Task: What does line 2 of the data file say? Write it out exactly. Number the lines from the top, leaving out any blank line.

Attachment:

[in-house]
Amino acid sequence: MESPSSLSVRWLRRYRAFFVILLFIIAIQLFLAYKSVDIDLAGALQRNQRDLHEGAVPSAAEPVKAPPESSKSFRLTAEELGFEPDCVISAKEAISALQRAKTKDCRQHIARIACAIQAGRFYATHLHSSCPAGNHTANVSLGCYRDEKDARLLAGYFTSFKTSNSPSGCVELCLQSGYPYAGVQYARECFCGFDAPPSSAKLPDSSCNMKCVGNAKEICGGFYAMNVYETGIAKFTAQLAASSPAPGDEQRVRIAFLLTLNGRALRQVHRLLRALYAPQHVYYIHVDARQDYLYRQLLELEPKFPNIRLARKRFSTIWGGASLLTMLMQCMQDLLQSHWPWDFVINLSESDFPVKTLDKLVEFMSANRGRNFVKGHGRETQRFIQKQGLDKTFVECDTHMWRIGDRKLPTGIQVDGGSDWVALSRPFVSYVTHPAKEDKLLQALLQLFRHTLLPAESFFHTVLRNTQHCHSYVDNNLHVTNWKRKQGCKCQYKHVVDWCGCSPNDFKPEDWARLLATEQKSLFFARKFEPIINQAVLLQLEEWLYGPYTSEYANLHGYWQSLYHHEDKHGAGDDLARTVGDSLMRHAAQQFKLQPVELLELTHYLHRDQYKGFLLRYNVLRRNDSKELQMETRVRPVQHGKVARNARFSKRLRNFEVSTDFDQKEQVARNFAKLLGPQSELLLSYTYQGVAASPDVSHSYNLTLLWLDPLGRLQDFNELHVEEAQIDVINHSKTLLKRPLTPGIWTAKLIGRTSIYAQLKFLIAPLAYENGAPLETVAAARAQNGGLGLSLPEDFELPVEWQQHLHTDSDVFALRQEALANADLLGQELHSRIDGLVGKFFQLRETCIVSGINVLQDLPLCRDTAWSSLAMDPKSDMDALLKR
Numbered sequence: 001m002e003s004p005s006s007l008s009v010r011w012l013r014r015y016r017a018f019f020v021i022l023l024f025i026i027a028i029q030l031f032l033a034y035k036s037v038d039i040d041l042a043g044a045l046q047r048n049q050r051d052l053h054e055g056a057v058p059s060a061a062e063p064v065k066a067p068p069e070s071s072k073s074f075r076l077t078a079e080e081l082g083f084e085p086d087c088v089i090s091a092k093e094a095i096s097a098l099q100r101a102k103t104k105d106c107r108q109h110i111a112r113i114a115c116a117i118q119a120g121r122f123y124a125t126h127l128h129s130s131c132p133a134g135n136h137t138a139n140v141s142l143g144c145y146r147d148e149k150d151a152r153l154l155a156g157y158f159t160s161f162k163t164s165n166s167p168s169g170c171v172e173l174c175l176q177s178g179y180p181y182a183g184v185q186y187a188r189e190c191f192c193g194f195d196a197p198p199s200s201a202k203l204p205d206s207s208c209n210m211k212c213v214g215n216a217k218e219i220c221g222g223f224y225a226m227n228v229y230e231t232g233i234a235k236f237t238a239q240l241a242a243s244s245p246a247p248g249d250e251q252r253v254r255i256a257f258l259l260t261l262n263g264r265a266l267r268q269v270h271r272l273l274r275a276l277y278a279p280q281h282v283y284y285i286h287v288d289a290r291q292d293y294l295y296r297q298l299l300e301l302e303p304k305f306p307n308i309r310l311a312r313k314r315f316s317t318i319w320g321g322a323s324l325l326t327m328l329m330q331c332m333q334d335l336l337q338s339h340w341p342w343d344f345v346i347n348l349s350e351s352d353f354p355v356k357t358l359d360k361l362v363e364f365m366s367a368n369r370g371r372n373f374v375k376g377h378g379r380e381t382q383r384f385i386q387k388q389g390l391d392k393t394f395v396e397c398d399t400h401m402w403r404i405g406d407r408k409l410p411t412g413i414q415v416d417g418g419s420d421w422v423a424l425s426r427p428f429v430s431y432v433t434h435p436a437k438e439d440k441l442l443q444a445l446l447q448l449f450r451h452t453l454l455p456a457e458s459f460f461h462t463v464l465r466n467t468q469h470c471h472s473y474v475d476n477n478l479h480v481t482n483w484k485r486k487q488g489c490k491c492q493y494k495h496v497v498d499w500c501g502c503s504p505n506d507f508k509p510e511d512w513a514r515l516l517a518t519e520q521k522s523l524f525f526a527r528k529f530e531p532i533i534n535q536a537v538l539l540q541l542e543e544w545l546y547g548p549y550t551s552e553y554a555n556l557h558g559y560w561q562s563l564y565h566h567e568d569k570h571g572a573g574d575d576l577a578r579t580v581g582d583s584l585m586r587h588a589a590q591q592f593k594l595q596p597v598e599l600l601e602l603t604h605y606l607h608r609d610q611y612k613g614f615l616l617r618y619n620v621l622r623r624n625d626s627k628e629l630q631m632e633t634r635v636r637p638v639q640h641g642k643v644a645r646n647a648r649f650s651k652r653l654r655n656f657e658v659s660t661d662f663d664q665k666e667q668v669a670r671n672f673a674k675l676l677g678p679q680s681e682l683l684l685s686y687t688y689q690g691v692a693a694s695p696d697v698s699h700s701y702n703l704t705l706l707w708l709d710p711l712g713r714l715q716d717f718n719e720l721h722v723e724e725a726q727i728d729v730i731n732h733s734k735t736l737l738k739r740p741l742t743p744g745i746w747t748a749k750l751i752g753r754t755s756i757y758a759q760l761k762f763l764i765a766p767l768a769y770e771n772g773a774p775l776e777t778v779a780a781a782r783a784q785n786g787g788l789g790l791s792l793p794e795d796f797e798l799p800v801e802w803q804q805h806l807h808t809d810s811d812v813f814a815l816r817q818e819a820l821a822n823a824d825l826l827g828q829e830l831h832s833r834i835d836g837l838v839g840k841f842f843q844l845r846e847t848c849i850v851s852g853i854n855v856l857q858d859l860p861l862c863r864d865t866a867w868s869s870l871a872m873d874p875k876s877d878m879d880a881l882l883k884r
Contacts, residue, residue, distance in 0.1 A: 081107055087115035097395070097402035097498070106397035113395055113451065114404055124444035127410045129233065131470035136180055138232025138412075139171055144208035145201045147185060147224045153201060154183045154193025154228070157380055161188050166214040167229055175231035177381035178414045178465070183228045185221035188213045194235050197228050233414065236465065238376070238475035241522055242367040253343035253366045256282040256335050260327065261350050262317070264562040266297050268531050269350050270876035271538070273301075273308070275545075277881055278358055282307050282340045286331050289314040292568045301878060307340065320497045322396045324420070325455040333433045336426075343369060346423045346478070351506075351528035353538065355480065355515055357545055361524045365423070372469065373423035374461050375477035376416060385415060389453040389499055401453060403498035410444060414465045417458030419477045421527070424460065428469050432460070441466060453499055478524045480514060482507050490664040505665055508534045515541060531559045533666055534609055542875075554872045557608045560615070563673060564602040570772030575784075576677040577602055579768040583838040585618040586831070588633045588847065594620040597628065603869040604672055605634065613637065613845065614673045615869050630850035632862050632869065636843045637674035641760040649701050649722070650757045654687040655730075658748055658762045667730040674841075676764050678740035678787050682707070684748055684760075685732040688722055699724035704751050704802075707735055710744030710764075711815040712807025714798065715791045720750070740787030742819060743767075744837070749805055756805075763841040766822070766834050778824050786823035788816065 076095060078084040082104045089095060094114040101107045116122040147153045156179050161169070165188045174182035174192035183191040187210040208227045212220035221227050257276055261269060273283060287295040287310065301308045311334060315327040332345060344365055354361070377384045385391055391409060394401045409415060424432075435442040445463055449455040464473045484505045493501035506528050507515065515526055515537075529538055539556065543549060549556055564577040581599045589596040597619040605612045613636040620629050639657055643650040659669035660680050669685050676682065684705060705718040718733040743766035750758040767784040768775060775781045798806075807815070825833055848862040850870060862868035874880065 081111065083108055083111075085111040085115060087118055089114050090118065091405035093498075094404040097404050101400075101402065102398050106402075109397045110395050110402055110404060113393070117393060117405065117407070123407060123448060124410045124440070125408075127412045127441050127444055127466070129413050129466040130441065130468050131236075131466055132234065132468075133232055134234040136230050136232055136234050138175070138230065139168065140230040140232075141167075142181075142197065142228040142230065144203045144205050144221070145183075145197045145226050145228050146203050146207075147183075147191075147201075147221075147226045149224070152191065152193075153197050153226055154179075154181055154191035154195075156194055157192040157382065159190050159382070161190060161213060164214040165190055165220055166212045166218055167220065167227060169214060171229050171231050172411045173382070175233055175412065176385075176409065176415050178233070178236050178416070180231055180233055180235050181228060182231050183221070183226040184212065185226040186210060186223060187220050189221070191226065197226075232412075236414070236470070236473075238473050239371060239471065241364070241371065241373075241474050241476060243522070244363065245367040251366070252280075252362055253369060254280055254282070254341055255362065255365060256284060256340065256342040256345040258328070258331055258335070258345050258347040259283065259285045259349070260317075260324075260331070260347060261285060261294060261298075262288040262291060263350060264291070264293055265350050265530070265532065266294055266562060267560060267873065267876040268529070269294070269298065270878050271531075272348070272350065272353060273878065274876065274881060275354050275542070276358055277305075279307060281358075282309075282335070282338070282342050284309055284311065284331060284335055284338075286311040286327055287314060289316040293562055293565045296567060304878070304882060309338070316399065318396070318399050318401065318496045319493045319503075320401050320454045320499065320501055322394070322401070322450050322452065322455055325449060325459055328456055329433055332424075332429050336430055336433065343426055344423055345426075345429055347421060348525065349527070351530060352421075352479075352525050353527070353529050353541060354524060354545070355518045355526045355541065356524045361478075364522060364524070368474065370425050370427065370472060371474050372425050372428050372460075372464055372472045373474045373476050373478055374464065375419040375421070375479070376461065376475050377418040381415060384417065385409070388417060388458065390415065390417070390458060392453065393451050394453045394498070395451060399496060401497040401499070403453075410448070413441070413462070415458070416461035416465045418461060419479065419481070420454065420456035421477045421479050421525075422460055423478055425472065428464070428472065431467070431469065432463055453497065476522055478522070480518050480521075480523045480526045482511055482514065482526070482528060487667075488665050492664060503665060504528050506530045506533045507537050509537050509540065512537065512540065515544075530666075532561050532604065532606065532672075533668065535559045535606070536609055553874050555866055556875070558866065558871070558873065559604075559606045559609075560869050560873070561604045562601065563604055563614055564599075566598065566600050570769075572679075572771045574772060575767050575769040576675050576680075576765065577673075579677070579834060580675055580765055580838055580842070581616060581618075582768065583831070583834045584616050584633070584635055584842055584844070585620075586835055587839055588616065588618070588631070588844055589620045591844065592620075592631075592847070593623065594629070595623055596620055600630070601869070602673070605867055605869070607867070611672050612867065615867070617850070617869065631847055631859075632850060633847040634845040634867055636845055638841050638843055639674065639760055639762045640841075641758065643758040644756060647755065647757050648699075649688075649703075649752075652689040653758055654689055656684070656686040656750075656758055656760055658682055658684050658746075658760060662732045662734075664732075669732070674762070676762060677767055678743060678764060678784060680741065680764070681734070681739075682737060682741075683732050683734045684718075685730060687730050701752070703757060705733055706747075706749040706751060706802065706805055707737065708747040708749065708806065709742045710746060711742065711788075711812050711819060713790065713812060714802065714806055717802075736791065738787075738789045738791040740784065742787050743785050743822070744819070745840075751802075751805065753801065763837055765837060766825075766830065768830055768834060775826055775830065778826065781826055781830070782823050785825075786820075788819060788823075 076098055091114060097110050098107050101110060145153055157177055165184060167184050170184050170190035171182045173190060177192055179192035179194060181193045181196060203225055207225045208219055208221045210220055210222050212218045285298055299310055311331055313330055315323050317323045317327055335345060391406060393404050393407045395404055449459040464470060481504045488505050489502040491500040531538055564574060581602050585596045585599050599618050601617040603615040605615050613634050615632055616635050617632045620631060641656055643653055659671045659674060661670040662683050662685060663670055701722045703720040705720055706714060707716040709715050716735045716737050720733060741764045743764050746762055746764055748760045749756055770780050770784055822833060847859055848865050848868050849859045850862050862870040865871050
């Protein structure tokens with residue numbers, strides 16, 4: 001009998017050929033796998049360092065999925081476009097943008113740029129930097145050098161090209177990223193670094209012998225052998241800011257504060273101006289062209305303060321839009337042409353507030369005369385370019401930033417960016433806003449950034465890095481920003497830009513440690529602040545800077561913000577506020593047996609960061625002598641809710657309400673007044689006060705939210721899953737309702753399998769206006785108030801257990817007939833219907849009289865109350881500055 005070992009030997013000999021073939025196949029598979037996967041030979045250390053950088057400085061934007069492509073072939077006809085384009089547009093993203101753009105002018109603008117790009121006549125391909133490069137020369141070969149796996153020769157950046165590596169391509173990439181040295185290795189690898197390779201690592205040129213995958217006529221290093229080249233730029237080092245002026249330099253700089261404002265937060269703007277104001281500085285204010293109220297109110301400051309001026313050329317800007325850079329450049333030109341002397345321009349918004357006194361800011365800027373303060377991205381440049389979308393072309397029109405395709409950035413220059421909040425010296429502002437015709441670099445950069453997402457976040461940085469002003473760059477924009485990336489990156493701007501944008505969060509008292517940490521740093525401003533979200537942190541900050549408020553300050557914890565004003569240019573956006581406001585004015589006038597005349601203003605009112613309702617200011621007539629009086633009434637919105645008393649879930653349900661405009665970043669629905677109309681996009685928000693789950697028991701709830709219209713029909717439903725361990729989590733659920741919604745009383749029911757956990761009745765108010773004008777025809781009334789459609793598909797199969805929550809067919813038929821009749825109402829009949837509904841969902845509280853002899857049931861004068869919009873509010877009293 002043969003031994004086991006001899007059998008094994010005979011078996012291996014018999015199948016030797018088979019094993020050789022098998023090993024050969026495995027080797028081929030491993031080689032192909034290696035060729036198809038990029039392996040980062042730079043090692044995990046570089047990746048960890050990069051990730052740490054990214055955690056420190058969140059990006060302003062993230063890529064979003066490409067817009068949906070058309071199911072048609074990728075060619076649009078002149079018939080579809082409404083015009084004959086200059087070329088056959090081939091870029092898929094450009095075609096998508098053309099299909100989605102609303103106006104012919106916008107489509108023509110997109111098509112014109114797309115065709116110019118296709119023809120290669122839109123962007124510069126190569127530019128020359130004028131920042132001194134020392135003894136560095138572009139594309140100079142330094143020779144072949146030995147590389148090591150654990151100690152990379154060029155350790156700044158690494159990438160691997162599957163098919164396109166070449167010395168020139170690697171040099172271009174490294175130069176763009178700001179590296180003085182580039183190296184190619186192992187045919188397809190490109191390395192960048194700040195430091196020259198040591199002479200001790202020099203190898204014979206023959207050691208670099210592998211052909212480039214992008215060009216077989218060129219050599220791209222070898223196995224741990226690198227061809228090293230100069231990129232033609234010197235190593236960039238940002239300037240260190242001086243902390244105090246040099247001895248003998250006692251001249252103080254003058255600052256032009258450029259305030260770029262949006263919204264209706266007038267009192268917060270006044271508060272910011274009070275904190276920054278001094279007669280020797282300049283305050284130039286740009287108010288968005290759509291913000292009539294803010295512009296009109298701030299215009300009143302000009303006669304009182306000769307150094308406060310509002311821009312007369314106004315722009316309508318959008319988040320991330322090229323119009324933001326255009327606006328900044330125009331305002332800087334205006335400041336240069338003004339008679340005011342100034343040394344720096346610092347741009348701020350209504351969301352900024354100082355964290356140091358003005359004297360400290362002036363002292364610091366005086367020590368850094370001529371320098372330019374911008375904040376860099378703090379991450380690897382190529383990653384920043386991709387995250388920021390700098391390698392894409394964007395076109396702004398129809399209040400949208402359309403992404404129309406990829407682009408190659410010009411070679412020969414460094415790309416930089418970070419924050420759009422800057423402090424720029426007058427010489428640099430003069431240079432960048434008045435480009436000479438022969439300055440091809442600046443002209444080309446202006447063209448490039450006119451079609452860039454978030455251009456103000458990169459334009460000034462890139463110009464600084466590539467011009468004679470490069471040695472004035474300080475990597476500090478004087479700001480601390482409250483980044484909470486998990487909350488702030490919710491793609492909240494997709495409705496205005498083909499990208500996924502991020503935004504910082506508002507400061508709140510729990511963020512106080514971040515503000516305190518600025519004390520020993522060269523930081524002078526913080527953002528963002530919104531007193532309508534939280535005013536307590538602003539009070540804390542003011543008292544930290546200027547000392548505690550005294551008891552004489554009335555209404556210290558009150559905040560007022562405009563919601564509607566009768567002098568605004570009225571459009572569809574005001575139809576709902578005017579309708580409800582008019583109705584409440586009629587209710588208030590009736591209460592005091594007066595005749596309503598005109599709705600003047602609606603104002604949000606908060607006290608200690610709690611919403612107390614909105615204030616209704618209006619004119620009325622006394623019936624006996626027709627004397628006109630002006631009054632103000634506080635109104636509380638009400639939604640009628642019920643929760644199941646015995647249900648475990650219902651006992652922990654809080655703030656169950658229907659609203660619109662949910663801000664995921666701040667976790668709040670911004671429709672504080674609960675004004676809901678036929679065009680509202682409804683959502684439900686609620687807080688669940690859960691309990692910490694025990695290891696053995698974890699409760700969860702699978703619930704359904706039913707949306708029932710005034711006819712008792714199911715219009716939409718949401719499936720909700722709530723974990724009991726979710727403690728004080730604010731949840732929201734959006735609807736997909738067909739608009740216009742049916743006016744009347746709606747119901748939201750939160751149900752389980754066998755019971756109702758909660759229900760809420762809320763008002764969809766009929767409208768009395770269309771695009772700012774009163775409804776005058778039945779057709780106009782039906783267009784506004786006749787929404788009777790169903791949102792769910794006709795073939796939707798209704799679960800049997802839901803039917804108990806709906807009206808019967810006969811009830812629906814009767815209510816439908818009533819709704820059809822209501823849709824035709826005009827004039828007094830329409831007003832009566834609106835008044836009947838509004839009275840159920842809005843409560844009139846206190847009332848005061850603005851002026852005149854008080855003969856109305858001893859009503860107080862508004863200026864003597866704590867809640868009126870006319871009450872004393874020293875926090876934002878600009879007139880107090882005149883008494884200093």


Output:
Amino acid sequence: MESPSSLSVRWLRRYRAFFVILLFIIAIQLFLAYKSVDIDLAGALQRNQRDLHEGAVPSAAEPVKAPPESSKSFRLTAEELGFEPDCVISAKEAISALQRAKTKDCRQHIARIACAIQAGRFYATHLHSSCPAGNHTANVSLGCYRDEKDARLLAGYFTSFKTSNSPSGCVELCLQSGYPYAGVQYARECFCGFDAPPSSAKLPDSSCNMKCVGNAKEICGGFYAMNVYETGIAKFTAQLAASSPAPGDEQRVRIAFLLTLNGRALRQVHRLLRALYAPQHVYYIHVDARQDYLYRQLLELEPKFPNIRLARKRFSTIWGGASLLTMLMQCMQDLLQSHWPWDFVINLSESDFPVKTLDKLVEFMSANRGRNFVKGHGRETQRFIQKQGLDKTFVECDTHMWRIGDRKLPTGIQVDGGSDWVALSRPFVSYVTHPAKEDKLLQALLQLFRHTLLPAESFFHTVLRNTQHCHSYVDNNLHVTNWKRKQGCKCQYKHVVDWCGCSPNDFKPEDWARLLATEQKSLFFARKFEPIINQAVLLQLEEWLYGPYTSEYANLHGYWQSLYHHEDKHGAGDDLARTVGDSLMRHAAQQFKLQPVELLELTHYLHRDQYKGFLLRYNVLRRNDSKELQMETRVRPVQHGKVARNARFSKRLRNFEVSTDFDQKEQVARNFAKLLGPQSELLLSYTYQGVAASPDVSHSYNLTLLWLDPLGRLQDFNELHVEEAQIDVINHSKTLLKRPLTPGIWTAKLIGRTSIYAQLKFLIAPLAYENGAPLETVAAARAQNGGLGLSLPEDFELPVEWQQHLHTDSDVFALRQEALANADLLGQELHSRIDGLVGKFFQLRETCIVSGINVLQDLPLCRDTAWSSLAMDPKSDMDALLKR